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PostPosted: Mon Jun 17, 2013 5:18 pm 
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Hi All,

just came back from a week in Pensacola. Had great sailing weather, trip summary here: viewtopic.php?t=48055

Anyway, as I mention in the recap, my dad and I both feel that i should be getting better performance out of our H16 in variable winds 6-12mph. Last week, my wife and I sailed in these conditions and even with one of us sitting on the low side, never could come close to lifting a hull. The wind was nice and steady, and i felt like we should be going much faster, more power.

I seem to be getting alot of twist on the top 3rd of the sail, spilling air that is much needed. Have tried following based on other tuning recommendations:
Downhaul just snug to get wrinkles out
Outhaul relatively light
Very little mast rake- blocks about 6 inches apart at maxed sheet

So.... Any other suggestions?

One thing I noticed while the boat was sitting on the beach- When a large wave washed up enough to hit the water side hull, the whole boat seemed very loose. What I mean is that there was a good amount of pay in the pylon to casting joint, allowing the hulls to swing a bit. Would shimming help? The tramp is pretty darn tight, so don;t know that is contributing anything

Sails, they still seem to have that "crispy" sound, but i do think they may be original sails. They are Factory at least.
Since I haven't been around a newer boat with new Dacron, I have no frame of reference.

Anything else to check? I would really like to get this figured out, ass it would dramatically increase the time we could use the boat here in E TN. Right now, my wife and I don;t see the benefit to go through rigging everything unless the lake is white capping, or close to it.

Thanks, sorry for the long dissertation.


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PostPosted: Tue Jun 18, 2013 3:08 pm 
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The boat should fly in 12 knots.

Main sail should not twist off if fully sheeted. Maybe you need to sheet harder?

Try sailing close hauled... then start footing a bit, then a bit more. Somewhere between pointing high and a beam reach is best for flying a hull.

Look at the tell tails for proper sail sheeting.

Image

Image

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PostPosted: Tue Jun 18, 2013 4:42 pm 
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We had proper sail trim (according to the tells) and sheeted hard. Here is a pic sailing just higher than beam reach and sheeted hard. Image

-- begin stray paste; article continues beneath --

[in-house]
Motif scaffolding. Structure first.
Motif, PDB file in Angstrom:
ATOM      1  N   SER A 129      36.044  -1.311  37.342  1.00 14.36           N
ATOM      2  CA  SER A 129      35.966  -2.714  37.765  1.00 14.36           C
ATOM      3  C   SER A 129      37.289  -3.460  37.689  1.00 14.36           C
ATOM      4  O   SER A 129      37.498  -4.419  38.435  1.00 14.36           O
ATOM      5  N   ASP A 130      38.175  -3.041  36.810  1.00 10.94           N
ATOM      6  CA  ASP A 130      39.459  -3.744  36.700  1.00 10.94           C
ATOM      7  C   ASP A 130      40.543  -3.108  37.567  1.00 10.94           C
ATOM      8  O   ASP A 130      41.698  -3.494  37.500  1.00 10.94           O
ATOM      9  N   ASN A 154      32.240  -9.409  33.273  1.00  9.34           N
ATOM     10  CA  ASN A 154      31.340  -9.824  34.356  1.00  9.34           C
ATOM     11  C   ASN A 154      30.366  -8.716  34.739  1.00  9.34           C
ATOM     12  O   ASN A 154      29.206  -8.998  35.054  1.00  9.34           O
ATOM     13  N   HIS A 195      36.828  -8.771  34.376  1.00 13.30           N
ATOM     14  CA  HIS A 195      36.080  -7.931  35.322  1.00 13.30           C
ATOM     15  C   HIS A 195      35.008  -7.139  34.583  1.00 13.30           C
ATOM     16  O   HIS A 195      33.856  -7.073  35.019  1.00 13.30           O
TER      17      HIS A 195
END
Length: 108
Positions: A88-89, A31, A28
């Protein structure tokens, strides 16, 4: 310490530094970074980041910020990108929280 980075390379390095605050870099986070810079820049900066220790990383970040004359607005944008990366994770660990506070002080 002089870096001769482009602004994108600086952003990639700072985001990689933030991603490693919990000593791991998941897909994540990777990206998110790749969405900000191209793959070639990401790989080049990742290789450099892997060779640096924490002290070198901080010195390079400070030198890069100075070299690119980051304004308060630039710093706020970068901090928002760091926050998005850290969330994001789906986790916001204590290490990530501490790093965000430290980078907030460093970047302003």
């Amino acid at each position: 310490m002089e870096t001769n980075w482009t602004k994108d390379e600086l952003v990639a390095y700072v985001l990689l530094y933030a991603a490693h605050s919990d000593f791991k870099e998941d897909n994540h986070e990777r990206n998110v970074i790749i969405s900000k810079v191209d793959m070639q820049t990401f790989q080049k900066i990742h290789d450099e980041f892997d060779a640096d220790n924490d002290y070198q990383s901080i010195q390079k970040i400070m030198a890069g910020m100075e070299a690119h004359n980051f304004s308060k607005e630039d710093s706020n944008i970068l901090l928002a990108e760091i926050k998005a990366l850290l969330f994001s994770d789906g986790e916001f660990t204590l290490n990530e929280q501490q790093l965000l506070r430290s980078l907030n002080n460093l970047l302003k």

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PostPosted: Tue Jun 18, 2013 5:00 pm 
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I think you can sheet harder. The upper tail appears to be flowing straight up.

Add the tell tails along the upper 1/3 leech.

Sheet till they flip around to the back side and then flow aft... they alternate. Flowing aft all the time is under sheeted. Hooking to the back all the time is over sheeted.

Crew weight and the crew on the trap? 285 combined is optimum, so knowing is you are heavier would help to understand.

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PostPosted: Tue Jun 18, 2013 6:22 pm 
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We are right at 260-270 combined. In that photo was just crew on trap 110lbs. I'm hiked off the side bar.

So sheet in as hard as possible, even in light air?

Thanks for the tips. Hope to get on the lake soon and try them out.


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PostPosted: Tue Jun 18, 2013 6:44 pm 
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Location: Thunder Bay,On
That picture you show there is not light air.White caps indicate 12-14 knts.In those winds ,at your weight you guys should be block to block on the main and powered up enough to be twin wired.
Should make sure your jib halyard is pulled up tight.
Matt is right your upper leach is fallen off from centre quite a bit,which results in spilling wind.That is usually the result of either under sheeting or not enough jib halyard tension.The jib halyard tension really dictates how much power is in the rig.It does not have to be adjusted much to make a big difference.A couple inches either way can be the difference between being over powered or under powered.In your case I would say try tightening it up a couple inches retighten after sailing for a while, as the halyard has a tendency to creep.